“Short, fat, and of a quiet disposition, he appeared to spend a lot of money on really bad clothes, which hung about his squat frame like skin on a shrunken toad.” That tag at the start of John LeCarré’s first espionage novel conspicuously describes the master spy, George Smiley. Call for the Dead, published in 1961 at the height of Ian Fleming’s James Bond series, draws a sharp contrast between the suave 007 and the frumpy Smiley. Around the same time, Len Deighton’s unnamed spy was also published, further playing against Fleming’s popular creation, but Deighton’s protagonist (named Harry Palmer in the films) is a nerdy cool agent with gourmet skills to boot and also, like Bond, is quite successful with the ladies. LeCarré’s Smiley has no such natural gimmicks as good looks or effortless magnetism to fall back on when the chips are down.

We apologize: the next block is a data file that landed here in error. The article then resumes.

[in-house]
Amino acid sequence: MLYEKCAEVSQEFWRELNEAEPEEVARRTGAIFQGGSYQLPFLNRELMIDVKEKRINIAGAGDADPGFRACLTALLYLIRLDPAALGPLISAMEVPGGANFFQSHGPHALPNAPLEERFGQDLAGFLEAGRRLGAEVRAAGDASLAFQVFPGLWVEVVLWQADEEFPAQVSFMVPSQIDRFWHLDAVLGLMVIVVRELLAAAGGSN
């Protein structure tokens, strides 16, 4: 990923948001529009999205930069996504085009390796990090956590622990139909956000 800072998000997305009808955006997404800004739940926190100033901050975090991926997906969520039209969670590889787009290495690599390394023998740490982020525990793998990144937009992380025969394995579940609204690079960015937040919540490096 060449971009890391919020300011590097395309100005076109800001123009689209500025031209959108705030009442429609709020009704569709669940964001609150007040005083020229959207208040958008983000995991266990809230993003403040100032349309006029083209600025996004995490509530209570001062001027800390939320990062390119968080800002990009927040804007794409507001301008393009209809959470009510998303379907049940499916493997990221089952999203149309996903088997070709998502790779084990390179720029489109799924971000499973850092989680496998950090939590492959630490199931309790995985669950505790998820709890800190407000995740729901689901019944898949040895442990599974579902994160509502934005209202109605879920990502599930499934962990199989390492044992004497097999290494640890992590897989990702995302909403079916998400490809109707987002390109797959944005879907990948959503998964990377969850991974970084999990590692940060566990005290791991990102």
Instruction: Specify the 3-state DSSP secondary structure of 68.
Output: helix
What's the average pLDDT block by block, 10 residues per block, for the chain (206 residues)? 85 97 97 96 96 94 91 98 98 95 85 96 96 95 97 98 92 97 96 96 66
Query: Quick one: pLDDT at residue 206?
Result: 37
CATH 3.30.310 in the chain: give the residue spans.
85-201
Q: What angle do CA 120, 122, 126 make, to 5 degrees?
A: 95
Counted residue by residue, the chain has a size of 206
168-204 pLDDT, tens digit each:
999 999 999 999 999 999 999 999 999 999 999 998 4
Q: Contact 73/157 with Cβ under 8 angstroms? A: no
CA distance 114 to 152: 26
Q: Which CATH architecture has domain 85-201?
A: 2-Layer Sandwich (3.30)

Smiley does have two gifts that eventually tip the scales in his favor. One is his analytical mind (perhaps the greatest since Nero Wolfe, if not Sherlock Holmes) that dissects intricate spy-web evils. And the other is patience on the Methuselah scale—he studies and plans long before he leaps. Sure, you may prefer Bond in a firefight or Palmer to dine alongside at a five-star restaurant, but Smiley is the agent you would call on in a world of bureaucratic hijinks and calculating double agents that litter both sides of the Atlantic. He’s the real deal.